Carotid artery stenosis

Carotid stenosis is a narrowing of the lumen of the carotid artery, usually caused by atherosclerosis. The unqualified term "carotid stenosis" in common medical usage refers to the stenosis in the proximal part of the internal carotid artery (at the carotid bulb), as this is the by far the most common site of stenosis within the carotid arteries. Stenosis in other parts of the carotid arteries does occur.

Atherosclerotic carotid stenosis may be asymptomatic or it may cause symptoms by embolism to either cerebral vessels in the brain or to the retinal arteries. Emboli to the cerebral arteries cause transient ischaemic attack (TIA) or cerebrovascular accident (CVA). Emboli to the retina produce amaurosis fugax or retinal infarction. It is important to note that there are other causes of TIAs, CVAs and retinal ischaemia apart from carotid stenosis.


Carotid stenosis is usually diagnosed by colour flow duplex ultrasound scan of the carotid arteries in the neck. This involves no radiation, no needles and no contrast agents that may cause allergic reactions. This test has moderate sensitivity and specificity, and yields many false-positive results.

Typically duplex ultrasound scan is the only investigation required for decision making (including proceeding to intervention) in carotid stenosis. Occasionally further imaging is required. One of several different imaging modalities, such as angiogram, computed tomography angiogram (CTA) or magnetic resonance imaging angiogram (MRA) may be useful. Each imaging modality has its advantages and disadvantages - the investigation chosen will depend on the clinical question and the imaging expertise, experience and equipment available.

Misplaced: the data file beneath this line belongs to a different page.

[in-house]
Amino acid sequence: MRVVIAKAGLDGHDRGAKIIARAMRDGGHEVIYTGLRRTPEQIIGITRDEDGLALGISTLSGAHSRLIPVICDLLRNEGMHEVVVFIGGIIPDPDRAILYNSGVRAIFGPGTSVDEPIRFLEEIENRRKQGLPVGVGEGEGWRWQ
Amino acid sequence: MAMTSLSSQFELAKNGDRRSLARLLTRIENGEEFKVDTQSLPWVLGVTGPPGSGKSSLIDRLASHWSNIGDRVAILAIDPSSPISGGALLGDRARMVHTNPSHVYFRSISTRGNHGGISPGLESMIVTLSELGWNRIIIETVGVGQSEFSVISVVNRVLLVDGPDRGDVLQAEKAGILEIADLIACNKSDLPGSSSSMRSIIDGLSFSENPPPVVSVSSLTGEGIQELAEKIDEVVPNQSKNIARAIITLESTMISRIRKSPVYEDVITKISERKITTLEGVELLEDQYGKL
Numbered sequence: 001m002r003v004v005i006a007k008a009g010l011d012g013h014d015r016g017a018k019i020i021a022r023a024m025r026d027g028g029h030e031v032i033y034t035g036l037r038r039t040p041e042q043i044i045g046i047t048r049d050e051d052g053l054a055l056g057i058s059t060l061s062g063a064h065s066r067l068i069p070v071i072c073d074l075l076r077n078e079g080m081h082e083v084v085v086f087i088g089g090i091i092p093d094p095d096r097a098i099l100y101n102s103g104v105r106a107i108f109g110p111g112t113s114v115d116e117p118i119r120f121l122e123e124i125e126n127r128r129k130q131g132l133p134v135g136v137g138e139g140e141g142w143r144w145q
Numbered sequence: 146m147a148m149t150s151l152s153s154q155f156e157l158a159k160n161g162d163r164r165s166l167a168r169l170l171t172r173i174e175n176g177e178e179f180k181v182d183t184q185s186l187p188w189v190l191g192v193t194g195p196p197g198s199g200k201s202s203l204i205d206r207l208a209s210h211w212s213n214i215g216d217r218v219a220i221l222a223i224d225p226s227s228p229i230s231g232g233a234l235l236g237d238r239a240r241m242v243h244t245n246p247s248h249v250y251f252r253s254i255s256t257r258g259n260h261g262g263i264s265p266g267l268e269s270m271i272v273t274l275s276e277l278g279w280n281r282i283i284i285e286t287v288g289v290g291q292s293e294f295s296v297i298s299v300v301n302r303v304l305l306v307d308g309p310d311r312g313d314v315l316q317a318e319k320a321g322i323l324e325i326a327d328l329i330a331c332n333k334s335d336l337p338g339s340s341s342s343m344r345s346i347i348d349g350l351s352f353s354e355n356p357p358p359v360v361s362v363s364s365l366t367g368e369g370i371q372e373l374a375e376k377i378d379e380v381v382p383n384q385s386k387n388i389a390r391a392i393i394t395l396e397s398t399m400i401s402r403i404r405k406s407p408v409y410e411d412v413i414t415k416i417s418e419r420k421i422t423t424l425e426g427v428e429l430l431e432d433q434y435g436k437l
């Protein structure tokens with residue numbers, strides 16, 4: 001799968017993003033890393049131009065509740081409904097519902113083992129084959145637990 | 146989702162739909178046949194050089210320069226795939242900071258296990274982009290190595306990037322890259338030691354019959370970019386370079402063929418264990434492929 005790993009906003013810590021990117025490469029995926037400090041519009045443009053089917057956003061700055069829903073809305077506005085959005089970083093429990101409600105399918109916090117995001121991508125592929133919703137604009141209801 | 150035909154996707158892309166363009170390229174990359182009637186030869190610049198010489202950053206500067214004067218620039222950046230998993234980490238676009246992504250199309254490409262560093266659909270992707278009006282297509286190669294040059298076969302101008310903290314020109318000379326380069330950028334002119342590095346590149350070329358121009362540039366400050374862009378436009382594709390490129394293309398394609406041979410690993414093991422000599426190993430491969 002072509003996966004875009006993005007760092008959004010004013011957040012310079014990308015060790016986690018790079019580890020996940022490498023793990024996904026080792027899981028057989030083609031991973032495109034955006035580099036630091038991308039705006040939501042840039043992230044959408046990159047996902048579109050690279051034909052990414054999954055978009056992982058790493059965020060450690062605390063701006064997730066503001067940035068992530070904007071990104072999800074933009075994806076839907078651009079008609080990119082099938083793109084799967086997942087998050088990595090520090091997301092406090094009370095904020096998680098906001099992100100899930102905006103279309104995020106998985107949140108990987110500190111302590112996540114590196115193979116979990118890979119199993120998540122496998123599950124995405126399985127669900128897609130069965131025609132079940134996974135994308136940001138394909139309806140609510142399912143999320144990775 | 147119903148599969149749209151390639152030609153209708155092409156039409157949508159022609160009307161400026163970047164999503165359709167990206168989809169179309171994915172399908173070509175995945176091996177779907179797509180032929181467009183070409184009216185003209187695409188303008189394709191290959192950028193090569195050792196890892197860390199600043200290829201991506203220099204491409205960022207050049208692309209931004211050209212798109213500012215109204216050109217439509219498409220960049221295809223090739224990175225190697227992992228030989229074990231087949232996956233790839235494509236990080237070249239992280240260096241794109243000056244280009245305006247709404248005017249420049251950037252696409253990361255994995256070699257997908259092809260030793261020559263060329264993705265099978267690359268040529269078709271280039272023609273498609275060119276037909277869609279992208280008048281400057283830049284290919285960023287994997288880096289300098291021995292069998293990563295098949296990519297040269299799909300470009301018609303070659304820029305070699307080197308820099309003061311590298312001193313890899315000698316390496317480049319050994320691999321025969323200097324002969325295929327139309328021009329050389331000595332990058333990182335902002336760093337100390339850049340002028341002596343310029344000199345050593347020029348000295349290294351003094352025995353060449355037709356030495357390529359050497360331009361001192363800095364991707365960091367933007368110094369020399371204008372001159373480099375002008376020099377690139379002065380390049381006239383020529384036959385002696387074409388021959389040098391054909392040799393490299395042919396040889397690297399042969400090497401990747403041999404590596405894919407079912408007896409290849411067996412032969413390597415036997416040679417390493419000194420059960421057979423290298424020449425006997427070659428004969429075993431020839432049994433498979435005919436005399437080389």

The U.S. Preventive Services Task Force (USPSTF) recommends against screening for asymptomatic carotid artery stenosis in the general adult population.


Options for treatment include:

The goal of treatment is to reduce the risk of stroke (cerebrovascular accident). Intervention (carotid endarterectomy or carotid stenting) can cause stroke, however where the risk of stroke from medical management alone is high, intervention may be beneficial. In selected, high-risk trial participants with asymptomatic severe carotid artery stenosis, carotid endarterectomy by selected surgeons reduces the 5-year absolute incidence of all strokes or perioperative death by approximately 5%. In excellent centers, carotid endarterectomy is associated with a 30-day stroke or mortality rate of about 3%; some areas have higher rates.

Clinically, risk of stroke from carotid stenois is evaluated by the presence or absence of symptoms and the degree of stenosis on imaging.


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